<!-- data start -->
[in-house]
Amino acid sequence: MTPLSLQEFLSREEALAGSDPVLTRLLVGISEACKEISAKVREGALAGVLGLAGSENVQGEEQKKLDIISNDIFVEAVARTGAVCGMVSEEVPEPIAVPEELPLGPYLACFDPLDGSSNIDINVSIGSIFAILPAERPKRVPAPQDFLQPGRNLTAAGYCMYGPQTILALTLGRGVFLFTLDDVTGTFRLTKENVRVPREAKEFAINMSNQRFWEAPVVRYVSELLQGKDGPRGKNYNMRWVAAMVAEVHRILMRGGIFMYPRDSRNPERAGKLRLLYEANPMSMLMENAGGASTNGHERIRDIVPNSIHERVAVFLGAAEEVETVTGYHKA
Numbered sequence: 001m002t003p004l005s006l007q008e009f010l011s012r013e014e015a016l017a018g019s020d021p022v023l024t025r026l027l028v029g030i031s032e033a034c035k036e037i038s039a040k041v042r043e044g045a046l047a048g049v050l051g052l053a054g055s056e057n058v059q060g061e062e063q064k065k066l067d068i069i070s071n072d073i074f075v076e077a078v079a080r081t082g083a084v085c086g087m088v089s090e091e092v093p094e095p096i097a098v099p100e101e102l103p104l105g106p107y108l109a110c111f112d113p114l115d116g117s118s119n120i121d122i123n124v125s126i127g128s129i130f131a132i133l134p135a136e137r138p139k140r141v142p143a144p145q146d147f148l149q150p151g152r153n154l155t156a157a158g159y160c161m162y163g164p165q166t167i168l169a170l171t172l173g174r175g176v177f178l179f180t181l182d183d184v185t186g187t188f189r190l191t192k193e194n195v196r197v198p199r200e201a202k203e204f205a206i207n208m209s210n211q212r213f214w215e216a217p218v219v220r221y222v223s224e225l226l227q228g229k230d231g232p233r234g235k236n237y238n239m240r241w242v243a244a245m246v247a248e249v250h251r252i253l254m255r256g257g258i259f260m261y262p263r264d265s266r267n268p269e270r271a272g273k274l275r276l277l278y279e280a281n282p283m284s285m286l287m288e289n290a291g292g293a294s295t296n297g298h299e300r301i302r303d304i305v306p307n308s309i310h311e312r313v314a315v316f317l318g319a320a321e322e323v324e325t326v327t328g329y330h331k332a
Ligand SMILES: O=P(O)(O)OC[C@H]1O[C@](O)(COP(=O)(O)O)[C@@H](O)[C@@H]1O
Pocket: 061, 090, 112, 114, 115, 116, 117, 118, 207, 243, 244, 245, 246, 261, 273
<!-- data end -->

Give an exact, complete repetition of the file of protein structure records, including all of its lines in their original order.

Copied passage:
[in-house]
Amino acid sequence: MTPLSLQEFLSREEALAGSDPVLTRLLVGISEACKEISAKVREGALAGVLGLAGSENVQGEEQKKLDIISNDIFVEAVARTGAVCGMVSEEVPEPIAVPEELPLGPYLACFDPLDGSSNIDINVSIGSIFAILPAERPKRVPAPQDFLQPGRNLTAAGYCMYGPQTILALTLGRGVFLFTLDDVTGTFRLTKENVRVPREAKEFAINMSNQRFWEAPVVRYVSELLQGKDGPRGKNYNMRWVAAMVAEVHRILMRGGIFMYPRDSRNPERAGKLRLLYEANPMSMLMENAGGASTNGHERIRDIVPNSIHERVAVFLGAAEEVETVTGYHKA
Numbered sequence: 001m002t003p004l005s006l007q008e009f010l011s012r013e014e015a016l017a018g019s020d021p022v023l024t025r026l027l028v029g030i031s032e033a034c035k036e037i038s039a040k041v042r043e044g045a046l047a048g049v050l051g052l053a054g055s056e057n058v059q060g061e062e063q064k065k066l067d068i069i070s071n072d073i074f075v076e077a078v079a080r081t082g083a084v085c086g087m088v089s090e091e092v093p094e095p096i097a098v099p100e101e102l103p104l105g106p107y108l109a110c111f112d113p114l115d116g117s118s119n120i121d122i123n124v125s126i127g128s129i130f131a132i133l134p135a136e137r138p139k140r141v142p143a144p145q146d147f148l149q150p151g152r153n154l155t156a157a158g159y160c161m162y163g164p165q166t167i168l169a170l171t172l173g174r175g176v177f178l179f180t181l182d183d184v185t186g187t188f189r190l191t192k193e194n195v196r197v198p199r200e201a202k203e204f205a206i207n208m209s210n211q212r213f214w215e216a217p218v219v220r221y222v223s224e225l226l227q228g229k230d231g232p233r234g235k236n237y238n239m240r241w242v243a244a245m246v247a248e249v250h251r252i253l254m255r256g257g258i259f260m261y262p263r264d265s266r267n268p269e270r271a272g273k274l275r276l277l278y279e280a281n282p283m284s285m286l287m288e289n290a291g292g293a294s295t296n297g298h299e300r301i302r303d304i305v306p307n308s309i310h311e312r313v314a315v316f317l318g319a320a321e322e323v324e325t326v327t328g329y330h331k332a
Ligand SMILES: O=P(O)(O)OC[C@H]1O[C@](O)(COP(=O)(O)O)[C@@H](O)[C@@H]1O
Pocket: 061, 090, 112, 114, 115, 116, 117, 118, 207, 243, 244, 245, 246, 261, 273